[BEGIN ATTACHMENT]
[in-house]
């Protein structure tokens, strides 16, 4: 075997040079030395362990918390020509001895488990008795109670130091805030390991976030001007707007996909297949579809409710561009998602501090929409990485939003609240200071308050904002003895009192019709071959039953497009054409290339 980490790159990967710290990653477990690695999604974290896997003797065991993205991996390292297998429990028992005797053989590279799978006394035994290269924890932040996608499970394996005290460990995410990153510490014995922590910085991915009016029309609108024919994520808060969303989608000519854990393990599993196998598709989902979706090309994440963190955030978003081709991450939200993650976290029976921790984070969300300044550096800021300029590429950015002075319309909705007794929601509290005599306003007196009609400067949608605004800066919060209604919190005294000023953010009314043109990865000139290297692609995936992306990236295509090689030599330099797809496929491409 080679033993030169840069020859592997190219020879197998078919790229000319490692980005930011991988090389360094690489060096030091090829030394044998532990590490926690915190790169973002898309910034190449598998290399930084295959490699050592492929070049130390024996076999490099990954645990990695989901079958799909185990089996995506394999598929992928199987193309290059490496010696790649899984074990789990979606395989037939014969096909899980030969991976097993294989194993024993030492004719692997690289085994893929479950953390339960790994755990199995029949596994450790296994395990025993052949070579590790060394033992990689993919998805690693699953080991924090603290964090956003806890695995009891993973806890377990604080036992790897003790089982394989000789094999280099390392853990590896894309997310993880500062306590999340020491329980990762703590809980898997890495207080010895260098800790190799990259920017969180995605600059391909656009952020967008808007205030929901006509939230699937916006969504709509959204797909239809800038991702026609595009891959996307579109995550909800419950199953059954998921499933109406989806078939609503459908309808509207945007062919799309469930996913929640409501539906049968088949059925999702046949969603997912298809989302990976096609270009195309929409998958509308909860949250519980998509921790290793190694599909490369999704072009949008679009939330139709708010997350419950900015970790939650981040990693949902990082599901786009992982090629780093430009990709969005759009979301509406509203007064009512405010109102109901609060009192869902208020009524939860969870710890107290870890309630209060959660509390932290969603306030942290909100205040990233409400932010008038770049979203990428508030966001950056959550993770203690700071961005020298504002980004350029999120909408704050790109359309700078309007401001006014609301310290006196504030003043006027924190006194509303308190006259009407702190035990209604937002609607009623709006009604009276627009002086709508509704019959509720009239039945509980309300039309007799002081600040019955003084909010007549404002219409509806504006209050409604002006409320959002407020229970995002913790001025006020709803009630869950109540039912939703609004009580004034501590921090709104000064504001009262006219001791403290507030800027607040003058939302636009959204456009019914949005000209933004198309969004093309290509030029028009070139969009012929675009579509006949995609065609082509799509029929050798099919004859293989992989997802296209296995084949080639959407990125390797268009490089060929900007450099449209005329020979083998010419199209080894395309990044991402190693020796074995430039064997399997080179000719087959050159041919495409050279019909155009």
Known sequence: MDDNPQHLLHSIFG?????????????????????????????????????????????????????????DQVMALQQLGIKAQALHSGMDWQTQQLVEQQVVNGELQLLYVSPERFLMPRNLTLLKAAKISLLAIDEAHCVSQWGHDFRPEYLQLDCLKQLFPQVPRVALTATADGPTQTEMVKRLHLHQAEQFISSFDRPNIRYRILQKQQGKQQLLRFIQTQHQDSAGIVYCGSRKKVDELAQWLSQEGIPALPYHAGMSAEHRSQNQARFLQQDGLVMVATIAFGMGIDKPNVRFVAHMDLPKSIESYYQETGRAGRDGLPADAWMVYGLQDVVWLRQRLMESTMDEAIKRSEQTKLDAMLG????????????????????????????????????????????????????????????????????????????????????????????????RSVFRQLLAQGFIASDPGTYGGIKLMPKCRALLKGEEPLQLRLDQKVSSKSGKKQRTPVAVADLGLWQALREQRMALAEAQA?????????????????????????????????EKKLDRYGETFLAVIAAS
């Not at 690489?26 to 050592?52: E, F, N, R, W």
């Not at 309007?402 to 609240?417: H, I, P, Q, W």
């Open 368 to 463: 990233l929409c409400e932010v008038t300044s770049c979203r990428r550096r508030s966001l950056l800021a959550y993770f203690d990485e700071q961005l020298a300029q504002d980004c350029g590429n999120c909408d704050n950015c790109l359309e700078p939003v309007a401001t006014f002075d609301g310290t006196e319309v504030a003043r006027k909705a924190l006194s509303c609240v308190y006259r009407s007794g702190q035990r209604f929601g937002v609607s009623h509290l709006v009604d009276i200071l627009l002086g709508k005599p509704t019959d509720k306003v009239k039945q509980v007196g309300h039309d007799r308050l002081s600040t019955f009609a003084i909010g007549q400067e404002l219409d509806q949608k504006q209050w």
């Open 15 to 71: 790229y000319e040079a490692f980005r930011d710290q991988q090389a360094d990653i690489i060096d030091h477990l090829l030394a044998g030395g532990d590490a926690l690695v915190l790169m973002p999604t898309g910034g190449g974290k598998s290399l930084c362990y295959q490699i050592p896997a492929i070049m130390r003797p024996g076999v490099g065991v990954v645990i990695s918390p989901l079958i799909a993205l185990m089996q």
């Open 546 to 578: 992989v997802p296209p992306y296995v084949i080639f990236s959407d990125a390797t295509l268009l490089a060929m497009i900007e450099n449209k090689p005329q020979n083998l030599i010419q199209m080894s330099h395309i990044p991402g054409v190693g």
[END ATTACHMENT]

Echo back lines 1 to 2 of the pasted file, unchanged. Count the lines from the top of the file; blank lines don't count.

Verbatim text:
[in-house]
């Protein structure tokens, strides 16, 4: 075997040079030395362990918390020509001895488990008795109670130091805030390991976030001007707007996909297949579809409710561009998602501090929409990485939003609240200071308050904002003895009192019709071959039953497009054409290339 980490790159990967710290990653477990690695999604974290896997003797065991993205991996390292297998429990028992005797053989590279799978006394035994290269924890932040996608499970394996005290460990995410990153510490014995922590910085991915009016029309609108024919994520808060969303989608000519854990393990599993196998598709989902979706090309994440963190955030978003081709991450939200993650976290029976921790984070969300300044550096800021300029590429950015002075319309909705007794929601509290005599306003007196009609400067949608605004800066919060209604919190005294000023953010009314043109990865000139290297692609995936992306990236295509090689030599330099797809496929491409 080679033993030169840069020859592997190219020879197998078919790229000319490692980005930011991988090389360094690489060096030091090829030394044998532990590490926690915190790169973002898309910034190449598998290399930084295959490699050592492929070049130390024996076999490099990954645990990695989901079958799909185990089996995506394999598929992928199987193309290059490496010696790649899984074990789990979606395989037939014969096909899980030969991976097993294989194993024993030492004719692997690289085994893929479950953390339960790994755990199995029949596994450790296994395990025993052949070579590790060394033992990689993919998805690693699953080991924090603290964090956003806890695995009891993973806890377990604080036992790897003790089982394989000789094999280099390392853990590896894309997310993880500062306590999340020491329980990762703590809980898997890495207080010895260098800790190799990259920017969180995605600059391909656009952020967008808007205030929901006509939230699937916006969504709509959204797909239809800038991702026609595009891959996307579109995550909800419950199953059954998921499933109406989806078939609503459908309808509207945007062919799309469930996913929640409501539906049968088949059925999702046949969603997912298809989302990976096609270009195309929409998958509308909860949250519980998509921790290793190694599909490369999704072009949008679009939330139709708010997350419950900015970790939650981040990693949902990082599901786009992982090629780093430009990709969005759009979301509406509203007064009512405010109102109901609060009192869902208020009524939860969870710890107290870890309630209060959660509390932290969603306030942290909100205040990233409400932010008038770049979203990428508030966001950056959550993770203690700071961005020298504002980004350029999120909408704050790109359309700078309007401001006014609301310290006196504030003043006027924190006194509303308190006259009407702190035990209604937002609607009623709006009604009276627009002086709508509704019959509720009239039945509980309300039309007799002081600040019955003084909010007549404002219409509806504006209050409604002006409320959002407020229970995002913790001025006020709803009630869950109540039912939703609004009580004034501590921090709104000064504001009262006219001791403290507030800027607040003058939302636009959204456009019914949005000209933004198309969004093309290509030029028009070139969009012929675009579509006949995609065609082509799509029929050798099919004859293989992989997802296209296995084949080639959407990125390797268009490089060929900007450099449209005329020979083998010419199209080894395309990044991402190693020796074995430039064997399997080179000719087959050159041919495409050279019909155009």